I often underrate Beaujolais. The area lives in the shadows of the revered Burgundy, lying to the north. However, besides the juicy succulent “Beaujolais Villages”, there are a number of  ”crus”, the premier league of wine growing areas within Beaujolais.

The grape throughout is generally Gamay and the method of production is “carbonic maceration”, where fermentation happens inside the grapes, rather than in the pressed juice with the skins on top.

Fleurie is one my favourite “crus” or villages within Beaujolais and 2009 is arguably one of the best vintages they’ve ever had.

What this means for you is that you’re in for a real treat, particularly with the featured wine of the week, Château de Fleurie 2009.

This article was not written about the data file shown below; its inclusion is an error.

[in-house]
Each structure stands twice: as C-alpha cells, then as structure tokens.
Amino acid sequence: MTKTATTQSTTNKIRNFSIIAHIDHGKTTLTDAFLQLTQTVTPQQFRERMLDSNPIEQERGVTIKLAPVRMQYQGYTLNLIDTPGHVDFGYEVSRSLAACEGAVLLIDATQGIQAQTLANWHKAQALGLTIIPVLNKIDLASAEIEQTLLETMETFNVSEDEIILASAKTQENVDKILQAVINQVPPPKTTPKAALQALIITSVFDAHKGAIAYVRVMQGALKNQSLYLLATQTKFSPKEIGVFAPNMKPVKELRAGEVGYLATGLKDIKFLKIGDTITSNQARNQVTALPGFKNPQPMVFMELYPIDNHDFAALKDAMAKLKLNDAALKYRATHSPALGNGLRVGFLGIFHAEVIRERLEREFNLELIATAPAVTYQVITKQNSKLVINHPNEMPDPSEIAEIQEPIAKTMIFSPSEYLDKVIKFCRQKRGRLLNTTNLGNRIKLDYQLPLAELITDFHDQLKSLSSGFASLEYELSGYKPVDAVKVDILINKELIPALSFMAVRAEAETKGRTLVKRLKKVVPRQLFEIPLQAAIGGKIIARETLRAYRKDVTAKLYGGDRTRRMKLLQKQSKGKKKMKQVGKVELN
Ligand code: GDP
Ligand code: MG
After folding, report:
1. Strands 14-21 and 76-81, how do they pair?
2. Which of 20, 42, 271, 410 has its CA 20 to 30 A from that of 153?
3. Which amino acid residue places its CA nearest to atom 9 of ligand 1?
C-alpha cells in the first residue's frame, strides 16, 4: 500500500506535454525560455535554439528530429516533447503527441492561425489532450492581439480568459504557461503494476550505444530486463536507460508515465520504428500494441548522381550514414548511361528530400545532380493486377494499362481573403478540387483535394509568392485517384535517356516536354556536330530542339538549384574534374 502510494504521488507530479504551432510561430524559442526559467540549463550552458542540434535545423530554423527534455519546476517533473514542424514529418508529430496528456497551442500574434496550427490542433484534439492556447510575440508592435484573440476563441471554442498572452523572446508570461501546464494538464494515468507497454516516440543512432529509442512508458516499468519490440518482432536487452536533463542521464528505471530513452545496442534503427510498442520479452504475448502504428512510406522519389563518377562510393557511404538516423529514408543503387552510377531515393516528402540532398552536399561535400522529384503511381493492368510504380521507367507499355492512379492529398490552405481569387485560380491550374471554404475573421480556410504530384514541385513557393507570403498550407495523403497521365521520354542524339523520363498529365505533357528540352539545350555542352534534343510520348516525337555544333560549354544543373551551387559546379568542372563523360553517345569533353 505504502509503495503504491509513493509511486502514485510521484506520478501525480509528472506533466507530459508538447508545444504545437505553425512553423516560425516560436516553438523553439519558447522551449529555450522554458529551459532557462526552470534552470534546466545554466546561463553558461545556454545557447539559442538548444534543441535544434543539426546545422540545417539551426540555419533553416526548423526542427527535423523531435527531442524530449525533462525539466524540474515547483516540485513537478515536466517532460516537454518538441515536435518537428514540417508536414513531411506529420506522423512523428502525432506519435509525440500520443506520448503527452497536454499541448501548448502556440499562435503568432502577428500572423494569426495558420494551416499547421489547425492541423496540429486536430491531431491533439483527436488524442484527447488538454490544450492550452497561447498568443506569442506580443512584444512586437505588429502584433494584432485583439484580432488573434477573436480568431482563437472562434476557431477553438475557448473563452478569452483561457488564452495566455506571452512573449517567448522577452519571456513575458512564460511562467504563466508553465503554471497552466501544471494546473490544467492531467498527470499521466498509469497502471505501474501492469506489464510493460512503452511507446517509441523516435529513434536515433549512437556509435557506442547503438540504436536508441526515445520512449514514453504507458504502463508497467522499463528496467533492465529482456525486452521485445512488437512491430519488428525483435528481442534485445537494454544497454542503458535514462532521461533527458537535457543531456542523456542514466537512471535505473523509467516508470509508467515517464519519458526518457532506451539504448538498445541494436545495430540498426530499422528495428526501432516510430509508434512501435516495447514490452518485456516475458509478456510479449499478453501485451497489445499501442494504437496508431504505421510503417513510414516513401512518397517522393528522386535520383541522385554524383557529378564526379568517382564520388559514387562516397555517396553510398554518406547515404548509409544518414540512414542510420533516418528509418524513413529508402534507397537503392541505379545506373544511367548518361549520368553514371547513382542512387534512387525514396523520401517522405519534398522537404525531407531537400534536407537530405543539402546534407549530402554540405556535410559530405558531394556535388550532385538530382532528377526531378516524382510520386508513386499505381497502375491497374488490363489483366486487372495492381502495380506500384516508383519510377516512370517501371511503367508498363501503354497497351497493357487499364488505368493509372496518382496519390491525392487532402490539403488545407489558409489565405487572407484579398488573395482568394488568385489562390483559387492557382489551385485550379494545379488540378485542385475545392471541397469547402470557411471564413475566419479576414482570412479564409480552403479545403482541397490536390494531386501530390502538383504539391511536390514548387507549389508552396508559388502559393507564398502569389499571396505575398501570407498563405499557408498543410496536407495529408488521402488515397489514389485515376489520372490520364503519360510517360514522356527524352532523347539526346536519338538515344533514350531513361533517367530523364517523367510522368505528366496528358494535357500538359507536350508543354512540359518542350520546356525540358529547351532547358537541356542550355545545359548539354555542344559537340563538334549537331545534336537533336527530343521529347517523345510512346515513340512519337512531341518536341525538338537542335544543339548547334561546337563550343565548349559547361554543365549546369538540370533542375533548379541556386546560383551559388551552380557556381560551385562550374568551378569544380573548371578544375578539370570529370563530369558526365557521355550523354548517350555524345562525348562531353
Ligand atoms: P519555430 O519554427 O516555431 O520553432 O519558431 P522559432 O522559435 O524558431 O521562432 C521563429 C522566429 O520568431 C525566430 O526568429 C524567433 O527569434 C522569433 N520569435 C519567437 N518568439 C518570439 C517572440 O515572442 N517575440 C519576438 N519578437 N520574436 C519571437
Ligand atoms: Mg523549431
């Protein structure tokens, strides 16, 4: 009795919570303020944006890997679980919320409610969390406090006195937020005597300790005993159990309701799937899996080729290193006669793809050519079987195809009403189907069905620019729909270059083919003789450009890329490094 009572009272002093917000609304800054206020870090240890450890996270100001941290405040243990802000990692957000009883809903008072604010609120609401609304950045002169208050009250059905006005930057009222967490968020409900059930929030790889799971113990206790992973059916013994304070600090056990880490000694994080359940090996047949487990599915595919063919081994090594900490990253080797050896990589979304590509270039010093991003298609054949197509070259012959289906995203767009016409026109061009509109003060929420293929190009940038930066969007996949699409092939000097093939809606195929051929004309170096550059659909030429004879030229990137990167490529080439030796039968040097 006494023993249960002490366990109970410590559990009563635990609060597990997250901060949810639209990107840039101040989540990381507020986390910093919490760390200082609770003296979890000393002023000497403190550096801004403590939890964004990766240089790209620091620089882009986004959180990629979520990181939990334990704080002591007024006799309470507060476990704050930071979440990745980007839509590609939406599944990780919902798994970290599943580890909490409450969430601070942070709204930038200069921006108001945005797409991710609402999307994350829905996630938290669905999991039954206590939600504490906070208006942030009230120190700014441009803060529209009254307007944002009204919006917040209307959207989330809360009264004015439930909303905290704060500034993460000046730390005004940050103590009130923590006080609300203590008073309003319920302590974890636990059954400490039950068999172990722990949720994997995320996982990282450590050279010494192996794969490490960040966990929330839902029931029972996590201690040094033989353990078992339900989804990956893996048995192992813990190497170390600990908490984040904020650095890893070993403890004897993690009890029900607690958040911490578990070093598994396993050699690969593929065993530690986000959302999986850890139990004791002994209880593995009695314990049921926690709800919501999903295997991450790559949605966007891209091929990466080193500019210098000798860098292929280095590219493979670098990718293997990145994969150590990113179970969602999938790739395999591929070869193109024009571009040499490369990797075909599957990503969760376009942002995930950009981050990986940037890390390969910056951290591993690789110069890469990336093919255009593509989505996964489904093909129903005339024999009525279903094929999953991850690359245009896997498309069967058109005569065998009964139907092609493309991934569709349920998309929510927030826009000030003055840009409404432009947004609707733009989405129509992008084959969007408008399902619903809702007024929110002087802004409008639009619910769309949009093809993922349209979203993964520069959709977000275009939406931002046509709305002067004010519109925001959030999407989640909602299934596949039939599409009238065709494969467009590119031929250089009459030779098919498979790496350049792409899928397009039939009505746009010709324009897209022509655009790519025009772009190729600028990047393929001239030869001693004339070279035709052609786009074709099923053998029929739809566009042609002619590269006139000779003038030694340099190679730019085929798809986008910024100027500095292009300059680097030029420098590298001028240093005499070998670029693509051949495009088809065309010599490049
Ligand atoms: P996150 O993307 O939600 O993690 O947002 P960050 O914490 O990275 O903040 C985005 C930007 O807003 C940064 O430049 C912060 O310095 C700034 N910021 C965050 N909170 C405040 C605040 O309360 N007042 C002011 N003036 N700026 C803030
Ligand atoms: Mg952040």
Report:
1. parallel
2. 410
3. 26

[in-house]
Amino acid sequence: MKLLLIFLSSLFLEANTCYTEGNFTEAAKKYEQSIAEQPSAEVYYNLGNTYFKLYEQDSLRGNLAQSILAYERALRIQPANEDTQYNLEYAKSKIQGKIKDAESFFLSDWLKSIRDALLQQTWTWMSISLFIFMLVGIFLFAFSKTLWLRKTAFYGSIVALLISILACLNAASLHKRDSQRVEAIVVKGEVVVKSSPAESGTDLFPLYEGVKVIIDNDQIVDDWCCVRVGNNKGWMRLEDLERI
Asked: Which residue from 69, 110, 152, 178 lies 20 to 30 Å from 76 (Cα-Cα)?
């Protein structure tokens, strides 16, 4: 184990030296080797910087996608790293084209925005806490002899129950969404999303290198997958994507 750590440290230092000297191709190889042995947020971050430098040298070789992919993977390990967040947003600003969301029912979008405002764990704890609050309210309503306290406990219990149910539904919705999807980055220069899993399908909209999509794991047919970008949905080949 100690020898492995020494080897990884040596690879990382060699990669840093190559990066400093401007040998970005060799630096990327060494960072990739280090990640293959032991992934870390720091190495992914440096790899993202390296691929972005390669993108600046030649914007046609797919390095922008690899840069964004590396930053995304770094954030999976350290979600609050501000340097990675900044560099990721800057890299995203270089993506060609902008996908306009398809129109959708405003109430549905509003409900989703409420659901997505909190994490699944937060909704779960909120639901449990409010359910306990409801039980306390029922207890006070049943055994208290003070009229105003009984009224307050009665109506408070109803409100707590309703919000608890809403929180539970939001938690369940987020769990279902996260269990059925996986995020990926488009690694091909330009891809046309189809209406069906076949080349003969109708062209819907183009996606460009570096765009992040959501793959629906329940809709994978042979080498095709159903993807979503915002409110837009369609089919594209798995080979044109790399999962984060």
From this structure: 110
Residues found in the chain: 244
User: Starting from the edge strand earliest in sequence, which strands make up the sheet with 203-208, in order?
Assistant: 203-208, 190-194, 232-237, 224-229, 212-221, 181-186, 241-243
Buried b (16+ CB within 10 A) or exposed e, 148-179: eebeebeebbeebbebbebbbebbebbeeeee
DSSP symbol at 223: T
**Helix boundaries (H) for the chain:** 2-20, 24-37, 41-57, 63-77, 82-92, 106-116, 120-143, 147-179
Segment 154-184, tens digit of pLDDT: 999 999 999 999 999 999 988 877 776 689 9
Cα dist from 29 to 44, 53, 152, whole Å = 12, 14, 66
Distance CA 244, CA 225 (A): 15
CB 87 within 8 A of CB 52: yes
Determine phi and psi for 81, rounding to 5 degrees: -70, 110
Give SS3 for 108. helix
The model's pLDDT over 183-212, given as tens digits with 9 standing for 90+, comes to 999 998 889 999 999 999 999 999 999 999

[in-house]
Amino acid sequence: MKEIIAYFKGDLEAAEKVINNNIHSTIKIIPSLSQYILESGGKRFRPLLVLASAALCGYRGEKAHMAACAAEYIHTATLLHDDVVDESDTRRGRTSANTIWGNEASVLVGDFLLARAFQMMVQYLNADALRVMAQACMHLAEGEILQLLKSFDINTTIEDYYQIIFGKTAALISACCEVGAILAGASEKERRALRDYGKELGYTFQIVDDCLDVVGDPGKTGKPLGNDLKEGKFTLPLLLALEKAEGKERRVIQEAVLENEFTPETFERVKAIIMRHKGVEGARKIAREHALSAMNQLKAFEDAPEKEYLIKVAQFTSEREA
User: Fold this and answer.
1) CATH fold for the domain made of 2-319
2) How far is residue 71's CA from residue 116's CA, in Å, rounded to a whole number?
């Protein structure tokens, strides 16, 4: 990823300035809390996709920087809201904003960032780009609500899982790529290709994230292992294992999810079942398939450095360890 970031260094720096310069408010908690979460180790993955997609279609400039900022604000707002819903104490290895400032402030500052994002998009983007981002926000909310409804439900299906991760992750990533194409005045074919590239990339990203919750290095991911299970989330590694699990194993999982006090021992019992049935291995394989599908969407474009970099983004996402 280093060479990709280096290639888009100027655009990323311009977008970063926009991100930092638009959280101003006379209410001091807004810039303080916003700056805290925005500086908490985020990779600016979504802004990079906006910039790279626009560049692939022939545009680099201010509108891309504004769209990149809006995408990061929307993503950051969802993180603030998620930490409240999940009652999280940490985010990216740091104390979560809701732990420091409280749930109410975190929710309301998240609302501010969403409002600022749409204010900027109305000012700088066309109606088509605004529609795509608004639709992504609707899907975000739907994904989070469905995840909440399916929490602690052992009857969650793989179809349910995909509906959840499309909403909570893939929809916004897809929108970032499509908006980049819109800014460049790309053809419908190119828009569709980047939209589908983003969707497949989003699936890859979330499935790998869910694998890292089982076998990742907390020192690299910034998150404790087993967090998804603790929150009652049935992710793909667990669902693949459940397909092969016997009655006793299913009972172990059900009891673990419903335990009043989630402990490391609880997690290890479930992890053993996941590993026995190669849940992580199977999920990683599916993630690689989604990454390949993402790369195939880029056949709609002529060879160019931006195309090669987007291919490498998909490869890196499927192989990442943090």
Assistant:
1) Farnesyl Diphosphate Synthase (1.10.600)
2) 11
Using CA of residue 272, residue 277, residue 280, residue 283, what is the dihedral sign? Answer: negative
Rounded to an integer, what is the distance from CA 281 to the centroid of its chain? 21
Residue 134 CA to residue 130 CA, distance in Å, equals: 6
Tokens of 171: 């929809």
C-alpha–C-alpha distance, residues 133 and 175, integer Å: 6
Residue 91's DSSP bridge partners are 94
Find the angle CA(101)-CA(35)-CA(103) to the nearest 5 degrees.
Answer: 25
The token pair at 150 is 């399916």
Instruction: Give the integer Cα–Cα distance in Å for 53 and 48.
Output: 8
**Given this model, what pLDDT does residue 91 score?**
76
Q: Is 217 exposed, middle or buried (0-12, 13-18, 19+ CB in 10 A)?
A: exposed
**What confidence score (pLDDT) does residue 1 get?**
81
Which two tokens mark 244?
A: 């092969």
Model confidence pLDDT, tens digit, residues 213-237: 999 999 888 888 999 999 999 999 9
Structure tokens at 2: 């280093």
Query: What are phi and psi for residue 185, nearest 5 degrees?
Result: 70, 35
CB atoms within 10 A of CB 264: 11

It’s abundantly fruity, medium bodied (not too heavy, not too light) and has amazing freshness you wouldn’t normally associate with red wine. I defy anyone not to fall in love with this wine instantly.

With regards to provenance an l’histoire, the Château de Fleurie is a family estate close to the centre to the centre of the village of Fleurie. The Château has 32 acres of vineyards and there’s a strong emphasis on traditional techniques. After fermentation, the wine is stored in large oak foudres. Just to give you a sense of scale, these foudres are the size of the average small Dublin apartment bedroom. That’s a lot of wine. What it means is that the oak has a small bit of influence, but by no means dominates the wine.

The  understated Château building dates back to the 18th century while the Loron wine family have been making wine since 1821.

Perfect illustration of just how good Beaujolais can be. Underrated, underpriced and available at around €16 from Nash wines in Limerick.